11 March 2007
MY JAIL HELL BY RAMSAY'S JUNKIE BROTHER...
JAILED junkie Ronnie Ramsay stands dejected and alone in a rat-infested prison cell as he pleads with his long-suffering brother Gordon: "Please get me out of here."
Heroin addict Ronnie, 38, faces 10 years in a grim Balinese jail after being found slumped in a public toilet on the island, clutching a syringe and a £10 wrap of the killer drug.
Jobless Ronnie broke down as he told how he begged his Michelin-starred chef brother to buy his freedom for £6,000, but was told: "Sorry, but this time you're on your own."
Gordon has already bailed him out countless times and spent more than £300,000 trying to get his younger brother off drugs.
In an emotional 30-minute phone call to Gordon on Tuesday, Ronnie - arrested in a car park near Bali's Denpasar Airport three weeks ago - asked his brother to hire him a lawyer.
He sobbed: "I told him, 'Gordon, please help me. I have no one else to turn to. It has been made painfully clear to me - with a lawyer I could be out in a few months, but without one I will be left to rot in this hell-hole for the full 10 years. I could die in here. I know I've been a fool but surely you can't want that?'
"He told me that he loved me but said he couldn't give me the money."
Gordon has tried for many years to get his brother off drugs, including funding a £15,000 six-week rehabilitation course in Wiltshire three years ago. He has bought him a car, put down a year's rent on a beachside flat in Bali and paid for him to fix his teeth - ruined by 25 years of drug abuse.
Despite all this help, Ronnie has been unable to kick his drug habit.
Now he cuts a tragic figure in his prison cell. The startling blue stare is uncannily familiar. So too is the cut of the jaw, the dusty blond hair and the faint air of menace. But for the tracks of collapsed veins on his withered forearms, the tell-tale pinprick pupils and the prison bars he clings to, this man could be Gordon Ramsay.
Like a true addict, Ronnie is quick to blame his current predicament on anyone but himself. He says: "Gordon's kitchen alone cost £500,000 and he drives a Ferrari. For less than a new set of wheels he could get me out of jail. I feel I've been hung out to dry.
"I love my brother and my mother and sisters. But their love for me is conditional.
They only love me if I'm clean. Love shouldn't be like that."
Life should have been so different for Ronnie. He had always been the golden one, adored by his father, spoiled by his mother.
As a young man he was a talented mechanic earning more than struggling cook Gordon.
Both are obsessives. But they took wildly differing paths. Today, one is a multimillionaire with a worldwide business empire.
The other is a penniless junkie looking at years behind bars and an early death. Gordon, 40, has built up his £60million fortune as one of the world's most successful chefs, while Ronnie squandered his young promise on a life of drugs and degradation.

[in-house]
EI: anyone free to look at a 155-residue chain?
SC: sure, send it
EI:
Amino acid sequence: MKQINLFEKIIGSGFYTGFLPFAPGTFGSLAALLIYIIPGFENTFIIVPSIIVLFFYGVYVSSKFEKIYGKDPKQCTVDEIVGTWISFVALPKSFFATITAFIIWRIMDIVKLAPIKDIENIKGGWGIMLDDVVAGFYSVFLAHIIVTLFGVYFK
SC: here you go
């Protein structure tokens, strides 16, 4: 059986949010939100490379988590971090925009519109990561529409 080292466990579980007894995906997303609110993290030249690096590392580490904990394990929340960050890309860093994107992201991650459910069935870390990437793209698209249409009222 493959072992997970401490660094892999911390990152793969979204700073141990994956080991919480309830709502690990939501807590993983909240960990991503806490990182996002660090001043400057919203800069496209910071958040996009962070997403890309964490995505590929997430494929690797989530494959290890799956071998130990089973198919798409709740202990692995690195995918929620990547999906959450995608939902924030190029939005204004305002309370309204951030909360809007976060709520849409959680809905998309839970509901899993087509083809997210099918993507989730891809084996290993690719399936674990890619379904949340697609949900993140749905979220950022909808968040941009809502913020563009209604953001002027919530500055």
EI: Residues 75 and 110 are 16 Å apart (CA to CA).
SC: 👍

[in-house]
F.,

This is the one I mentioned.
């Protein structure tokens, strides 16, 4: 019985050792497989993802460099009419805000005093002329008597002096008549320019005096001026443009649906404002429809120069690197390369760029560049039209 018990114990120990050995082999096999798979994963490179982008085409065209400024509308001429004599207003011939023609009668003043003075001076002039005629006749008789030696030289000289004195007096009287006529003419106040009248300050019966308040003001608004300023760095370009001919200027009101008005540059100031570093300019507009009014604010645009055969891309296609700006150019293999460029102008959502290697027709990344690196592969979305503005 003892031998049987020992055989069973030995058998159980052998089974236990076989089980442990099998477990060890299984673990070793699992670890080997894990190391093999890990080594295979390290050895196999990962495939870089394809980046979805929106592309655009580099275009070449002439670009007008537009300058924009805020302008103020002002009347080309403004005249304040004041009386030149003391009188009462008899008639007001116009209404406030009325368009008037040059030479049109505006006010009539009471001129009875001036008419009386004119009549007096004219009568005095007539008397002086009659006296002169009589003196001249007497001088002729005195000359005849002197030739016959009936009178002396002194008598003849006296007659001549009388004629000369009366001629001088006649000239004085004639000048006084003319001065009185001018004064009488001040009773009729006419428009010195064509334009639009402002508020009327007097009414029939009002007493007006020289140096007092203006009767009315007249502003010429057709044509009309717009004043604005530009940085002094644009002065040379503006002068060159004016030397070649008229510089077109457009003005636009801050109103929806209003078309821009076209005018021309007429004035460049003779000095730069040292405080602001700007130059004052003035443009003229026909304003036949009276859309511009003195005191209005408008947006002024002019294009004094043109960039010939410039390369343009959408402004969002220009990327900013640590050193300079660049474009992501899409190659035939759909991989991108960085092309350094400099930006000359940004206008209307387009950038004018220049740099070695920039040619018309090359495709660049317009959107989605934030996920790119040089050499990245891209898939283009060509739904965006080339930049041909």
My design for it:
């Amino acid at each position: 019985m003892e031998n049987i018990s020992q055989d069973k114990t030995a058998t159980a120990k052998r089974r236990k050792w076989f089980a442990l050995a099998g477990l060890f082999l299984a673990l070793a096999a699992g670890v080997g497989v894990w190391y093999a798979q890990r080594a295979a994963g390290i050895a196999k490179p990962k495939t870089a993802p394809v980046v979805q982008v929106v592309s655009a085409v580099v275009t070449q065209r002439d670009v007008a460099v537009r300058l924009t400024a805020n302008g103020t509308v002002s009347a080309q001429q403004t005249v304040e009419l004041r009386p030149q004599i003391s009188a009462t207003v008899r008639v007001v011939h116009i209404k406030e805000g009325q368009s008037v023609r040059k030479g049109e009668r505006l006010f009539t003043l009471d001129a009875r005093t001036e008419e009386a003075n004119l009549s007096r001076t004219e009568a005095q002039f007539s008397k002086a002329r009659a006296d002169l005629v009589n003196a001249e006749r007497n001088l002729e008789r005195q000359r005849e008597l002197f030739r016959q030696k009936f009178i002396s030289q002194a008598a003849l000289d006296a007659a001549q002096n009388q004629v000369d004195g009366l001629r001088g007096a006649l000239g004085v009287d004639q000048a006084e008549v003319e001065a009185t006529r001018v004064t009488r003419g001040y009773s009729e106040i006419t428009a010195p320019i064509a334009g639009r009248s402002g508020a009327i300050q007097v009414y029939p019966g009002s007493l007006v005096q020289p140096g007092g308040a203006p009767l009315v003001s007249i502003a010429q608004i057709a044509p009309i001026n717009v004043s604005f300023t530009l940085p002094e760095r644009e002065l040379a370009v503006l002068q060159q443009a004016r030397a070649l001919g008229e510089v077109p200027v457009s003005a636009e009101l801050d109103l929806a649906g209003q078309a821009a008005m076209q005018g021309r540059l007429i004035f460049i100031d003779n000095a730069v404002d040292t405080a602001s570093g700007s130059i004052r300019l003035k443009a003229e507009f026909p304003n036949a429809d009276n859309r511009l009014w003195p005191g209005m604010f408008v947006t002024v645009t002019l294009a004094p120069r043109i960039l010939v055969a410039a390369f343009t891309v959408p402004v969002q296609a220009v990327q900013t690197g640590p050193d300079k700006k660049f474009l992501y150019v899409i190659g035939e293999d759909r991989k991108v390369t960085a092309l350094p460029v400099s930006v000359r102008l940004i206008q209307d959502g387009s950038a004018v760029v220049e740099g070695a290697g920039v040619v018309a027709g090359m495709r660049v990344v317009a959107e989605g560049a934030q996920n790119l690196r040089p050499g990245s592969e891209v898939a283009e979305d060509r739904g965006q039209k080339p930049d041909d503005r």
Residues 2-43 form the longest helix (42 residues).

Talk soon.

But he is quick to blame his addiction on the brutal father who used to beat his wife and sons in drunken rages.
"I first saw my father beating my mother when I was only five years old," he says. "That is devastating for a child to see and, yes, it probably scarred my life.
"I was scared of him. He took a belt to me too many times. He beat us all. I think that's why I found it so easy to turn to drugs.
THAT was always my way out. Gordon and I were very similar when we were younger. We just chose different directions.
"He was able to escape the torment of our past by working 18 hours a day. I chose the other way. Drugs. I've been addicted to heroin and crack cocaine for 18 years. I shot up for the first time when I was working as a docker in Holland - but I started sniffing solvents when I was just 13."
When the brothers last met, at Gordon's house in London five months ago, the married father-of-four handed Ronnie a ticket to Bali and £1,200 so he could re-train as an English teacher. But the money is long gone - on drugs. Ronnie never took the course.
At the time Gordon said: "If there is a situation with Ronnie where he needs money I do it because it doesn't get on my mum's doorstep. I don't think my mum, at 60, should still be putting up with it. It is like having an 18-year-old to look after."
Since Ronnie's arrest, Gordon has sent a drug counsellor to Bali to get a full picture of the situation. "I think it's a combination of tough love and because Gordon is fed up with me. He sent someone but he just wanted reassurance that it wasn't a story I'd concocted to extract more money from my family. This is no trick. I'm locked up alongside murderers, rapists and paedophiles. And I'm terrified for my life."